“Did you know you’ve got your skirt tucked into your knickers?”  she said, before corpsing big time.

SHE PARKED HER CAR. Bless her darling heart.

We had a good – and long – laugh, because what else could you do? It genuinely was very funny. “You really wedged your skirt in…really high…” she added, making folding motions with her hand, which set us both off again.

Someone said to me afterwards that it was luck on my part that this Good Samaritan for Women Who Can’t Dress Properly helped me, partly because there are so many people who would’ve filmed me on their phones and put it on YouTube (or wherever). You know, for larfs. And the bantz. I honestly never thought about that. As far as I know no one has (please God) but it got me thinking, and worrying.

At the boxing gym this week I was sparring with a new member, and before I had chance to blink her mate had filmed our session and put it on Snapchat. I wasn’t asked if I was ok being filmed by some stranger, and to be honest I’m not even sure why I didn’t say anything. Ordinarily I would.

I think it was because I was shocked, and my defenses were down. The gym is a safe place where you’re meant to be able to sweat (or glow, in may case ‘cos I’m a lady) and look as rubbish as you like. If you can’t relax when you’re working out, when can you?

But then again, why can’t we relax everywhere? Going back to the tucked in knickers incident again, even a couple of years ago we wouldn’t dream of even thinking someone might take a snap of something like that. But now it’s an automatic reaction.

My point is, we should be able to go out for a pint of milk without wariness. But that goes for everything else we do too. I get a shiver of horror when I see sneery photos of folk on social media getting their shoes mocked, VPL zoomed in on or unfortunate women like me who accidentally and foolishly expose their underwear.

I think it’s rude to take photos of people without their permission.   To my mind, it’s ok to take the piss out of yourself with this sort of thing, but definitely not ok to do it to others.

It’s like we’ve turned into a nation of terrible paparazzi. Very bad manners, in my opinion, whether we think someone else looks daft or not.


I have a new weekly radio show


Indeed I do.

It will be a music show, focussed around new releases, local (to Merseyside) music and classic songs.

Of course by “classic” I mean ones which are classic to me. Interpret that as you will.

You can listen to me on KCC Live each Monday 6pm-8pm online here or if you’re in the area on 99.8fM.

(And yes that indeed is a Last Shadow Puppets album you can see there in the studio with me and no, I’m not ashamed.)



Loose women (and one man) in the library


I chaired very cheery writers’ event at Nantwich Library this week.


Authors Nikki Ashton, Caroline James, Victoria Johns, John Paul Goss and poet Helen Kay spoke about self-publishing vs traditional publishing, writing practices and revealed (more or less!) all.

The Nantwich librarians kept us sustained with chocolate digestives and shortbread (we managed to ‘force’ them down).  At the end, they said “tonight was like an episode of Loose Women”.  We’re taking that as a compliment!

I loved this sign on the library’s toilet door. As soon as I saw it, a full episode of Seinfeld ran through my head:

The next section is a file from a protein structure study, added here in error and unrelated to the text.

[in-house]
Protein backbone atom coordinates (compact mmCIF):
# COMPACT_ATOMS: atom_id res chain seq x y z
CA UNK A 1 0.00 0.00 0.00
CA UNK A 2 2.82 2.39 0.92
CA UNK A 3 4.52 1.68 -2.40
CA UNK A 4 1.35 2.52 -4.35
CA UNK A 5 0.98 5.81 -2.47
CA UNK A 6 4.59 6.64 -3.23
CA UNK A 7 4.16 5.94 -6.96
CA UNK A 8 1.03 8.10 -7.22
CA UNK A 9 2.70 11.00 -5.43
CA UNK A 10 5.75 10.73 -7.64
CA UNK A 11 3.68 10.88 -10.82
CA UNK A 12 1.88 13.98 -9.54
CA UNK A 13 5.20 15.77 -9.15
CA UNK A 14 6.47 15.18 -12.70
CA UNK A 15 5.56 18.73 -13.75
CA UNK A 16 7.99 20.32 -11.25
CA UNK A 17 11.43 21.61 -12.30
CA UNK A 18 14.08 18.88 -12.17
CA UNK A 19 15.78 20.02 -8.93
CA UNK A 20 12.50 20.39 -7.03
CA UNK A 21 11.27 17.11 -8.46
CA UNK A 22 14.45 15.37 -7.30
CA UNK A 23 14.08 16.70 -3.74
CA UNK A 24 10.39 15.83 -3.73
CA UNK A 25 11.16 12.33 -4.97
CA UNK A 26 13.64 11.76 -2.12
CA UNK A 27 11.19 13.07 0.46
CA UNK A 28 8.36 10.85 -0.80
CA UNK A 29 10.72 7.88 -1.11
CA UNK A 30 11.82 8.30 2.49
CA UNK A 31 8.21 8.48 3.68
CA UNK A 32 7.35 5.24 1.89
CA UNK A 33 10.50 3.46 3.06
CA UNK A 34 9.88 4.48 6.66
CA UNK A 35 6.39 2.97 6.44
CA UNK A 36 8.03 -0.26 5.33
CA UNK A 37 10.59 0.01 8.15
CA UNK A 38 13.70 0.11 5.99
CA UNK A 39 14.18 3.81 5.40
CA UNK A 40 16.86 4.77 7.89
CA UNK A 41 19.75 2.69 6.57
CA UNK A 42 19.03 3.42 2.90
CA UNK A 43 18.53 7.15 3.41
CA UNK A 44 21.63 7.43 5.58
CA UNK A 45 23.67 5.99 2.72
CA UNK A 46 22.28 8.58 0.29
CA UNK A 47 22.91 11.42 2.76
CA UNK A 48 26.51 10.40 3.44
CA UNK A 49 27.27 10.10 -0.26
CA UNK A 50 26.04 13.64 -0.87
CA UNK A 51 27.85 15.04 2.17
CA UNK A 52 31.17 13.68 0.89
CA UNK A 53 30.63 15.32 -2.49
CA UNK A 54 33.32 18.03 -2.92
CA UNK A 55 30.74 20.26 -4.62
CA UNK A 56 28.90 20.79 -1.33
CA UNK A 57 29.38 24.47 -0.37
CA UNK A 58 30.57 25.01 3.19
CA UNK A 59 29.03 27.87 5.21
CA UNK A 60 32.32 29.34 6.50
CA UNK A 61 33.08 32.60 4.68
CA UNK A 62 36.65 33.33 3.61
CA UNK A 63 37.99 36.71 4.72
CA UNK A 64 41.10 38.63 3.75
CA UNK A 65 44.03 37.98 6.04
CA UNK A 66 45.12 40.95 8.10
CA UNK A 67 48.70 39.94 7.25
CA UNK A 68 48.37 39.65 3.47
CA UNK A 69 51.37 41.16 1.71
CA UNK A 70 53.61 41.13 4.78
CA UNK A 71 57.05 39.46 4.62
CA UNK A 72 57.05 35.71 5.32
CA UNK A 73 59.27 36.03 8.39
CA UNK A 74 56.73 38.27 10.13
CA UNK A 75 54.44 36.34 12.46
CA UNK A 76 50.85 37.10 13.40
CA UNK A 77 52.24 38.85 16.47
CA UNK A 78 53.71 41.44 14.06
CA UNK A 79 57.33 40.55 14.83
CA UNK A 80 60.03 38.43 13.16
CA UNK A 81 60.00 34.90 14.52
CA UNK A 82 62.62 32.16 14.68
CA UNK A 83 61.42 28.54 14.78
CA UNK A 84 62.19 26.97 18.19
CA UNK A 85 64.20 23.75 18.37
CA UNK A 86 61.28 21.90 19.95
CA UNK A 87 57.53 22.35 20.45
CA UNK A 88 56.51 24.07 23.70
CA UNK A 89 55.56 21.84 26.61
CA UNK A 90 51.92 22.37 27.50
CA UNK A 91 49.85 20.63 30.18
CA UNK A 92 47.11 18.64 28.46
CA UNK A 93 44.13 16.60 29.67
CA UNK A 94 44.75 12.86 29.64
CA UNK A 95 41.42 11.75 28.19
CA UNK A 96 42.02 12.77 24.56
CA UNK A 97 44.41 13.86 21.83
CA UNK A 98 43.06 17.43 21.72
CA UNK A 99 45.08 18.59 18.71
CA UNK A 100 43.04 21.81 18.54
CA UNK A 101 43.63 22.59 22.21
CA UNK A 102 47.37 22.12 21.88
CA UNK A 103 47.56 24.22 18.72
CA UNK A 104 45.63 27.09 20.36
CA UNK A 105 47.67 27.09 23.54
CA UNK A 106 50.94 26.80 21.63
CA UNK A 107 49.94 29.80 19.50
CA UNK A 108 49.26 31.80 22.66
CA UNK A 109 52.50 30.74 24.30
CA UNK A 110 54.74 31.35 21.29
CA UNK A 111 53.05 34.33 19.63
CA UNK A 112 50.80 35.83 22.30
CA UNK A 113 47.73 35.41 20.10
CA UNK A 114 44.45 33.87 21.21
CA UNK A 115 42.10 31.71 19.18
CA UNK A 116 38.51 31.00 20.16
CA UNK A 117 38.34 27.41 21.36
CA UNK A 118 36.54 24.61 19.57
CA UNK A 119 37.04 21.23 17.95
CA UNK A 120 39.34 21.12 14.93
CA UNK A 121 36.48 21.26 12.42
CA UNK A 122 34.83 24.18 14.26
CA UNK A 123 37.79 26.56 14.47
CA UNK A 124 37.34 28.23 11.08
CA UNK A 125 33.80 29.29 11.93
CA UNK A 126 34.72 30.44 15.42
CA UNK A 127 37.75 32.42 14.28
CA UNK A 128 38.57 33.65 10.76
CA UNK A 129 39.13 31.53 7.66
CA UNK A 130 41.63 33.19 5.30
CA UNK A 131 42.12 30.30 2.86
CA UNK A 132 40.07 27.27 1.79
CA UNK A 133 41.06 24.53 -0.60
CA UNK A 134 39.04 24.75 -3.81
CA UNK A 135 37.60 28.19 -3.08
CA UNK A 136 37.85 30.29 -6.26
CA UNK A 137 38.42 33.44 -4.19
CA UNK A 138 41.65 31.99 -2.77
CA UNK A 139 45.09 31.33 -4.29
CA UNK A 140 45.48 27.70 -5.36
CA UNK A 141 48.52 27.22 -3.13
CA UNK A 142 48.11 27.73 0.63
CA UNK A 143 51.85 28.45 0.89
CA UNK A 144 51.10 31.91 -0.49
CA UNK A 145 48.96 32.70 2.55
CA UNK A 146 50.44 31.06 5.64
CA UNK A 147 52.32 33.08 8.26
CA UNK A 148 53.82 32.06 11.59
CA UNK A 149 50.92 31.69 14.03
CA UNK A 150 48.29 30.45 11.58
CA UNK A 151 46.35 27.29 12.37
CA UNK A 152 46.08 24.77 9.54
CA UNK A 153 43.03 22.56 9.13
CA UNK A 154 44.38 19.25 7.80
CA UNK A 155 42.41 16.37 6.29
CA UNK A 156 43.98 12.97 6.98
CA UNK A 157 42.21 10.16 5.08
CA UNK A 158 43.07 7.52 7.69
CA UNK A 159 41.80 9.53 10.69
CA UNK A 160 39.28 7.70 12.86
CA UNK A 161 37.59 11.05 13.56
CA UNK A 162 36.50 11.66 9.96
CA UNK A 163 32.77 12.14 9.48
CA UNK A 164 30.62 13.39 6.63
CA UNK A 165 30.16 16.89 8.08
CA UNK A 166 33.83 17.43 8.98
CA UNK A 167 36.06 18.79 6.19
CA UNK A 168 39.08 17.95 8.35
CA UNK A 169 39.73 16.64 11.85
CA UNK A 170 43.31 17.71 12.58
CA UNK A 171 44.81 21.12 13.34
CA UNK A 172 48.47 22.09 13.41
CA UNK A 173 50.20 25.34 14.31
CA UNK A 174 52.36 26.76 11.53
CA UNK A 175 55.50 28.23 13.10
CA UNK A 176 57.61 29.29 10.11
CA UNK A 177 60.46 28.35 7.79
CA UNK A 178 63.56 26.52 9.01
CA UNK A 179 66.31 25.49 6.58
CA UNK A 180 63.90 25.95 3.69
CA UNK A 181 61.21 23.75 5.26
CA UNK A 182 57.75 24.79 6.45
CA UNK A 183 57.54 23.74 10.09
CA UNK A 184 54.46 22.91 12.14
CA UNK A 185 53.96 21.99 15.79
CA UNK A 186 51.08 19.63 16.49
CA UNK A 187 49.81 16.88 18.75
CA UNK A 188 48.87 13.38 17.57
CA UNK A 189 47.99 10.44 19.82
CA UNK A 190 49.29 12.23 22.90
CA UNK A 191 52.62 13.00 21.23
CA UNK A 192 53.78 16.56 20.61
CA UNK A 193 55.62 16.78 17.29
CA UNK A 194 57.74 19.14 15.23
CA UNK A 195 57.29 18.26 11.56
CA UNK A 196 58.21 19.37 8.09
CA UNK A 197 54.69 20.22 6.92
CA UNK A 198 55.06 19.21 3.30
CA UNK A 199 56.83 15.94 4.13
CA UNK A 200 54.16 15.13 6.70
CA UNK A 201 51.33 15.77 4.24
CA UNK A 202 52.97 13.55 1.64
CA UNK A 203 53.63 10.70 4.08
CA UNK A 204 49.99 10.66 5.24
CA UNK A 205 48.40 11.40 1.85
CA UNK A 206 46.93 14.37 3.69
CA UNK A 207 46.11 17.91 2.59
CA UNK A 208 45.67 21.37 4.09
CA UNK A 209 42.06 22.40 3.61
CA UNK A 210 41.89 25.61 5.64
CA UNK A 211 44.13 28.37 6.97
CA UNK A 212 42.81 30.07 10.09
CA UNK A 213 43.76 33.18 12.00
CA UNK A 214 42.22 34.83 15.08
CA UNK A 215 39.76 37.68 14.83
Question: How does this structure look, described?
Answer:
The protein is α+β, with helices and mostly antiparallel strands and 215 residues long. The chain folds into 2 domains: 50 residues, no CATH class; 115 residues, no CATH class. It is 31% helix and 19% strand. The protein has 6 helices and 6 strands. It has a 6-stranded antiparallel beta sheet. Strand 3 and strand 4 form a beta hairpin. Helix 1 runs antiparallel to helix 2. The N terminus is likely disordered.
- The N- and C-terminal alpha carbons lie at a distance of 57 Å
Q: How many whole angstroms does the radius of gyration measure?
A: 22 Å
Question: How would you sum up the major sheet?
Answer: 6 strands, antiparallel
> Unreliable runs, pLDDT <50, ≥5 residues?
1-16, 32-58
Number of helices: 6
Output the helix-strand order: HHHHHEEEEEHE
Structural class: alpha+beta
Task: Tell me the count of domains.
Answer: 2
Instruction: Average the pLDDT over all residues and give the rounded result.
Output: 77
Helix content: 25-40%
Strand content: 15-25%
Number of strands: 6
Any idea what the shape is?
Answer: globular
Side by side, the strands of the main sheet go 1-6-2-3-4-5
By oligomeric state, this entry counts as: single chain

And the stairs had a Vertigo/Hitchcock vibe to them…



I’m also on Instagram now, if you’d like to follow me on there.


My top night at the Lawrence of Belgravia screening and Q & A – Regent Street Cinema


Lawrence badge 1
“Here is a badge from Lawrence. It is terribly important you wear it.”

On my visit to London last week I took in a rare screening of Lawrence of Belgravia, followed by a Q & A with Lawrence himself and the film’s director Paul Kelly, at the Regent Street Cinema.

If you’re not familiar with Lawrence, or the film, that’s not unusual. I was at an event in Liverpool last month, his name came up and The Charlatans’ Tim Burgess asked the audience, “does anyone here know who Lawrence is?”

Three of us did. Sitting on the back row, like the cool kids we aren’t and never will be. It’s a lonely path we tread, us Lawrence fans. But we kind of like it that way.

Lawrence of Belgravia is the final ‘London film’ made before The Shard was built, showing the landscape of a city very different to now, important in itself.

But it is also more than a mere rock documentary covering the ups and downs of a cult icon’s life. An icon who feels he should be better known than he is, world famous in fact, and with a supermodel wife to boot. His ambitions for glory are met with scoffs by some who don’t get it, but totally understandable to us who appreciate him.

Carefully and respectfully following our Lawrence as he deals with personal issues and getting the latest record from his band Go-Kart Mozart, On The Hot Dog Streets, (released back in 2012), off the ground, Lawrence of Belgravia is an important visual – audio document of a man written about rarely, but name dropped often. Revered by passionate people, he’s a hero. On the night of the Q & A, hosted by Dickon Edwards, grown men were tearful and fidgety. Giddy to breathe the same air.

Dickon Edwards, Paul Kelly, and….Lawrence.

Walking in, we were all handed a gift. “Here is a badge from Lawrence,’ we were told. “It is terribly important you wear it.”

When Lawrence, Paul and Dickon came on the stage, Lawrence was the only one without a badge pinned to his chest.  It felt like we were all in a fan club; an emotion not too far from the truth.

Dickon asked Paul Kelly if the film was about authenticity, so much footage in it of vinyl records, mixing desks in studios…

“No,’ said Paul. “This film is about Lawrence.”

Yes, indeed it is.

Lawrence talked about hat shopping, going AWOL for months during filming, anything and everything.

He was asked by the audience if he’d ever get married. “I don’t have sex anymore. Too old for all that,” he said. “I’m asexual now, I think. Unless she’s a millionaire. I’d probably go for someone like that.”